Pupils complete the table with the appropriate missing words. Check their answers by asking them to read Audio script the words in each column. To the beach Use your table. Ask and answer questions in 2 pairs. (p. 62) We are going to the beach, to the beach, to the beach. We are going to the beach In pair, pupils then use the table to ask and answer in our swimming suits. questions. Go round the room in order to give any necessary help. This is an excellent moment to assess We are going to find rocks and shells, speaking skills using the Formative assessment sheet. rocks and shells, rocks and shells. We are going to find rocks and shells, to gather by the water. L E S S ON 5 We are going to build a sand castle, Let’s sing! (p. 85) sand castle, sand castle, we are going to build a sand castle, with bridges and a tower. Objectives: To revise and extend the vocabulary of holidays. To develop listening comprehension skills Play the song again and encourage the pupils to sing through a song. To practise and contrast the along. sounds /I/ and /i:/. Language focus: We are going to the beach, in Sound check our swimming suits, we are going to find rocks and shells, to gather by the water, we are going to 2 29 Listen and repeat. (p. 85) build a sand castle, with bridges and a tower. CD 2 Target vocabulary: Swimming suit, rock, shell, Practice pronouncing the sounds /I/ and /i:/ with pupils, sand castle, bridges, tower, kite, boat, bucket, then read the sentence with them, stressing the new spade, fork, sun, ship, fish, rubber ring. sounds. Play the CD. Pupils listen and repeat the Vocabulary (revision): Holidays. sentence. Materials: Class CD. Audio script Warm-up /I/ /i:/ Are you kidding? No tea for me! Ask pupils when they go to the beach and what they do there. Tell them that the song they are about to hear is about things children do at the beach.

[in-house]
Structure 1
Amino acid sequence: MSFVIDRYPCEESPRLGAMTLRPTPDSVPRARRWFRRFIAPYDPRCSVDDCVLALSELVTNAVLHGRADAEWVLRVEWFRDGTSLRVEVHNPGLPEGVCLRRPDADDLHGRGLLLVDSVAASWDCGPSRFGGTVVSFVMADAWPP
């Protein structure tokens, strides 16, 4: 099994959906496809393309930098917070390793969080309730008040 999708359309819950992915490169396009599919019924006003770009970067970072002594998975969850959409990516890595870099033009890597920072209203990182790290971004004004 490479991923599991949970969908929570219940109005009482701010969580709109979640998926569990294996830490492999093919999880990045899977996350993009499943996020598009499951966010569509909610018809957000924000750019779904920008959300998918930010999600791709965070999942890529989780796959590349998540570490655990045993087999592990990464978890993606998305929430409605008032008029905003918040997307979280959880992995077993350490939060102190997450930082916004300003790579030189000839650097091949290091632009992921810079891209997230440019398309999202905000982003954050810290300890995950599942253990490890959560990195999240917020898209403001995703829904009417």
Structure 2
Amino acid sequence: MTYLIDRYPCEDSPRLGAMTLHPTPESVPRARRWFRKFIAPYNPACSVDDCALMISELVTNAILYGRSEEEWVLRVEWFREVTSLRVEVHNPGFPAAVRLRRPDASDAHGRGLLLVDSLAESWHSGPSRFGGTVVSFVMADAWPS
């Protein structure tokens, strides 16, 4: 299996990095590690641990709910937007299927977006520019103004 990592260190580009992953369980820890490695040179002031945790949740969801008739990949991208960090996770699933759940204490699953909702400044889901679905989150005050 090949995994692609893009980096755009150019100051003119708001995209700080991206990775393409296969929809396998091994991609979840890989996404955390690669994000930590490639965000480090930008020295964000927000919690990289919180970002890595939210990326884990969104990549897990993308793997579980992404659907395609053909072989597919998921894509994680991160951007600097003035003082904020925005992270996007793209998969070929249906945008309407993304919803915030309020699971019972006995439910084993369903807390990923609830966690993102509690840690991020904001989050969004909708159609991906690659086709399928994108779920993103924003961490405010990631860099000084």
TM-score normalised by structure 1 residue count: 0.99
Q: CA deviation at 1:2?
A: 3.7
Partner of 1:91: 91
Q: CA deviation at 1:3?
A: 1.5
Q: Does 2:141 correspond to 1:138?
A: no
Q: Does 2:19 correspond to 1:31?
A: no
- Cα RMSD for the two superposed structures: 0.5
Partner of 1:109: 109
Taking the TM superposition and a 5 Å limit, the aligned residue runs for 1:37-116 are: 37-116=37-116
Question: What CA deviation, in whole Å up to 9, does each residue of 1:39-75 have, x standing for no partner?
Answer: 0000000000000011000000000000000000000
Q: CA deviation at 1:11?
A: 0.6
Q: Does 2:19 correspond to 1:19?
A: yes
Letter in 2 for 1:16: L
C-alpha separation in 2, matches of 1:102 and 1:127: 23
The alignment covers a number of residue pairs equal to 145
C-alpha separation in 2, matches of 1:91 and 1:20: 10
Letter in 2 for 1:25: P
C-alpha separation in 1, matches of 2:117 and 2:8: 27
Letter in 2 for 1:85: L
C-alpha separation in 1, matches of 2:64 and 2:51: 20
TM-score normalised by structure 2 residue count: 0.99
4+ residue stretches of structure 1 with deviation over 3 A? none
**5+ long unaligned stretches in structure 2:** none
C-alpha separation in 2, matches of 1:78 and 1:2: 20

Ac t i v i t y Boo k 3

1

28

Listen and sing. (p. 85)

CD 2

Focus pupils’ attention on the illustrations and ask them: What are the boy and girl doing? (They’re playing with a ball.) Explain the vocabulary connected with the beach, for example swimming suits, rocks,

55

(p. 62)

Listen and repeat. (p. 62)

CD 2

Focus pupils’ attention on the sentence and ask: What is the difference between the red and green sound? (Green represents the long sound /i:/) Play the CD and ask them to repeat the sentence first chorally and then individually.

103


UniT 8

Travel time Audio script /I/ /i:/ If you go to Italy, send me a postcard, please! 4